Today, Deaton’s house continues to amaze and confound, among other things: “I have been told that the building ‘smiles’ and this pleases me,” Deaton once said.
Sleeper, But No Snoozer
Although his home was heralded as an architectural wonder and featured in national magazines and on a Today show segment, Deaton would never live in his Sculptured House. When the exterior was finished in 1966, he ran out of cash, after spending $100,000 on his dream. His “habitable sculpture,” as he sometimes called it, sat empty for the next 40 years—devoid of carpet, fixtures, furniture or occupants.
The house never lacked attention, though. When actor and director Woody Allen traveled to Denver on a scouting trip for his 1973 sci-fi comedy Sleeper, he reportedly paid $20,000 to feature the futuristic home in his movie, which gave it another moniker: the “Sleeper House.”
But even fame couldn’t fix the home’s financial woes, and it remained vacant. Deaton finally put it up for sale in 1988, but received only one offer. After rejecting an auction bid in 1991, he sold the house to California financier Larry Polhill for $800,000 that same year. Polhill spent $150,000 blasting the exterior clean, but the house fell into disrepair after partying teens broke nearly every window.
When Polhill boarded it up and returned to California, the house became a refuge for wild animals—a fox and an owl, among others. Demolition rumors began to circulate shortly after Deaton’s death at Morrison’s Bear Creek Nursing Home in 1996.
But three years later, Internet millionaire and Colorado native John J. Huggins bought the home and 15 acres from Polhill for $1.3 million (little more than the cost of the land). Huggins had a penchant for Mid-Century design and décor, and hired Deaton’s daughter, Charlee, and her husband to finish the interior and construct a 5,000-square-foot addition that Deaton had designed. Bermed into the mountainside, the addition includes a round, two-story caretaker’s suite, four-car garage, living and dining rooms, guest bath, media room and kitchen. The addition’s radial-patterned flagstone roof also serves as a spacious patio that contains a hot tub and built-in barbecues.
Huggins and Charlee hunted down everything to finish the interior, from furniture and fixtures to carpet, cabinetry and tiles. “Because the house has only curved walls, the furniture had to be the art,” says Huggins, who admired the house as a boy. The pair selected brightly colored furniture by renowned modernist designers Warren Plattner, Eero Saarinen and George Nelson, as well as a purple ribbon chair by Pierre Paulin, an orange-lacquered credenza by Robert Loewy and a puzzle couch by Roberto Matta. “Dad was a minimalist, with everything from furniture to storage,” says Charlee, who chose modern finishes like exotic woods and mosaic glass tiles that she believed would best underscore her father’s architecture.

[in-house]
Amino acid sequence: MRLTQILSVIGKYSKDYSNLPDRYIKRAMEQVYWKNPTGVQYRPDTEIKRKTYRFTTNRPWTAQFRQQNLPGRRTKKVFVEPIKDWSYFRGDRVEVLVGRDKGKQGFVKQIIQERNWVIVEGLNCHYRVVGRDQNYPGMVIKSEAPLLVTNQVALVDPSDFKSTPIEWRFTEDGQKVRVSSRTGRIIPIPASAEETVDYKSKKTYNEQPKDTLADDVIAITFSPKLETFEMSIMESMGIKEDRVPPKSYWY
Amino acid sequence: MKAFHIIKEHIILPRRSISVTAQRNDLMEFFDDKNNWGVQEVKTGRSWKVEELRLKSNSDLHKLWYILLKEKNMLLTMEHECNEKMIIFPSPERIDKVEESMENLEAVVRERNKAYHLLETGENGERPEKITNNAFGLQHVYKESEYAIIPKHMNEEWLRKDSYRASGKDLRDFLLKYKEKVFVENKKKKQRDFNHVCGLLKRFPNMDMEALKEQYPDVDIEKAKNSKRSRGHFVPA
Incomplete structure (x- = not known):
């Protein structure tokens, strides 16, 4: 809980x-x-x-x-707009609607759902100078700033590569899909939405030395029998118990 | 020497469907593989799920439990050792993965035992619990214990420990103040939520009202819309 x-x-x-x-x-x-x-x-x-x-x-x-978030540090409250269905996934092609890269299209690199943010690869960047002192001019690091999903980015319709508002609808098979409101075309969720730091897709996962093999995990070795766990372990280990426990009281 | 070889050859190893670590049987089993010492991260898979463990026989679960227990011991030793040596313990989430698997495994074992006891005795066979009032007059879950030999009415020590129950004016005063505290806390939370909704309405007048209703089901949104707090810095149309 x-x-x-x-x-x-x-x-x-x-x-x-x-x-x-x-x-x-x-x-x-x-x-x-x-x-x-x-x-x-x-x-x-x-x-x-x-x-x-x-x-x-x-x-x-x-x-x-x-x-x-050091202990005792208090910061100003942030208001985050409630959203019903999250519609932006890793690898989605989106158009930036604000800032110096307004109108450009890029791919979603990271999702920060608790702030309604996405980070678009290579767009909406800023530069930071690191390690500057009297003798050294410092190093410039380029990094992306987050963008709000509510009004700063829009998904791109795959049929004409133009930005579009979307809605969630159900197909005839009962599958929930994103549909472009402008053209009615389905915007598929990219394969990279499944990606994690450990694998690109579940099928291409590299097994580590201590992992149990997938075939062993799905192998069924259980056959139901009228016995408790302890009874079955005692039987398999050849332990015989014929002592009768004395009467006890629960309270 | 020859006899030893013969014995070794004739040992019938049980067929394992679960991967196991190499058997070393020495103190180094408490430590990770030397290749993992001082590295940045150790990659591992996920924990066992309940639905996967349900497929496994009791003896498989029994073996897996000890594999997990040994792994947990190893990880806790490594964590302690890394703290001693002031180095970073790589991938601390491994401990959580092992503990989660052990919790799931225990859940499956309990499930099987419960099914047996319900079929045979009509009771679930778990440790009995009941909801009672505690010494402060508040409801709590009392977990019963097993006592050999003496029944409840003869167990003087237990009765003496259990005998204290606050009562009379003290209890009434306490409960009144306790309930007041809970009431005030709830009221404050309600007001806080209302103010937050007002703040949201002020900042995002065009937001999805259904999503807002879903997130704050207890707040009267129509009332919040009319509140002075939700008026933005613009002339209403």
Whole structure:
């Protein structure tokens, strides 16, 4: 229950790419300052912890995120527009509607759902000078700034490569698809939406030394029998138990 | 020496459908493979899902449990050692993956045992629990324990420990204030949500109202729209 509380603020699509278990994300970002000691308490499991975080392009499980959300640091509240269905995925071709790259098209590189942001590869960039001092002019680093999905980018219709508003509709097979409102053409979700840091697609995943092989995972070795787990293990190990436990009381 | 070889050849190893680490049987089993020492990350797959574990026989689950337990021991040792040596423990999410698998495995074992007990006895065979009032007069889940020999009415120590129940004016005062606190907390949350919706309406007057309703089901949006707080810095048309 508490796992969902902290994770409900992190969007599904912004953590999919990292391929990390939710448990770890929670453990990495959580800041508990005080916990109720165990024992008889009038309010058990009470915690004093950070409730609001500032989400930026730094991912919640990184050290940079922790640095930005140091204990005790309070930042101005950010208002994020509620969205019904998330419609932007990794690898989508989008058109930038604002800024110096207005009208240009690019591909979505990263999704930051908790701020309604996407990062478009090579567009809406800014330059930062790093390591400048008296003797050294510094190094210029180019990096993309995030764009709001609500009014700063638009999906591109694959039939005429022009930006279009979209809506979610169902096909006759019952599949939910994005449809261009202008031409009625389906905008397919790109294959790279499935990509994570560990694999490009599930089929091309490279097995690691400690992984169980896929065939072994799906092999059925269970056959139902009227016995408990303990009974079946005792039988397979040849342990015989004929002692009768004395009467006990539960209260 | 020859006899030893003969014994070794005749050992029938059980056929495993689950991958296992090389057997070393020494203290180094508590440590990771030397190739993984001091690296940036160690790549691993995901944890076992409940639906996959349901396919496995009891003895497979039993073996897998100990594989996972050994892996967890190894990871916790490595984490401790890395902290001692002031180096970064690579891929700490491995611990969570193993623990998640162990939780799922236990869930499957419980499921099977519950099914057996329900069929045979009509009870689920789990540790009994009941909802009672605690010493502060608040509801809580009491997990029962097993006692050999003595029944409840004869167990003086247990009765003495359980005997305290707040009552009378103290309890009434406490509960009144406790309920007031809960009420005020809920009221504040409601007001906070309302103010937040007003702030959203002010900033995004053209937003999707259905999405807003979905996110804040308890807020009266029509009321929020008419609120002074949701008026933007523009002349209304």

The restoration cost Huggins about $2 million, and the Sculptured House was added to the National Register of Historic Places in 2004. Despite the toil and expense, Huggins never lived in the home either (though he did host fundraisers there) and put it on the market for $10 million. With no takers, he parceled off two 5-acre lots, slashed the price and sold the house and remaining 5 acres for $3.45 million to real estate mogul Michael Dunahay in 2006.
A descendent of pioneers who settled in Pueblo in the 1860s, Dunahay is the only owner to actually occupy Deaton’s Sculptured House. But he spends only 10 nights per month in it, dividing his time between his Genesee and Las Vegas homes. “My mother always said the house had the best view in Colorado,” says Dunahay, whose master suite overlooks all of Denver, the Continental Divide and the Front Range.
Although his mother died before he purchased the house, Dunahay holds many family gatherings there. And last May, Go Fast! jet pack pilot Eric Scott rocketed off the roof for a Warren Miller movie scheduled to debut this winter.
Dunahay says he doesn’t plan on selling the house, and is even considering greening it up by “looking into a windmill, since we get so much wind up here.” But because the house is now a historic landmark, exterior changes are limited.
So though a green future for Colorado’s famous Sculptured House may be in question, one thing isn’t. For the first time in 40 years, Deaton’s dream of a habitable sculpture is being fulfilled.
Ruthanne Johnson is an Arvada-based freelance writer who never realized just how cool a sculptured house could be and now thinks everyone should live in one.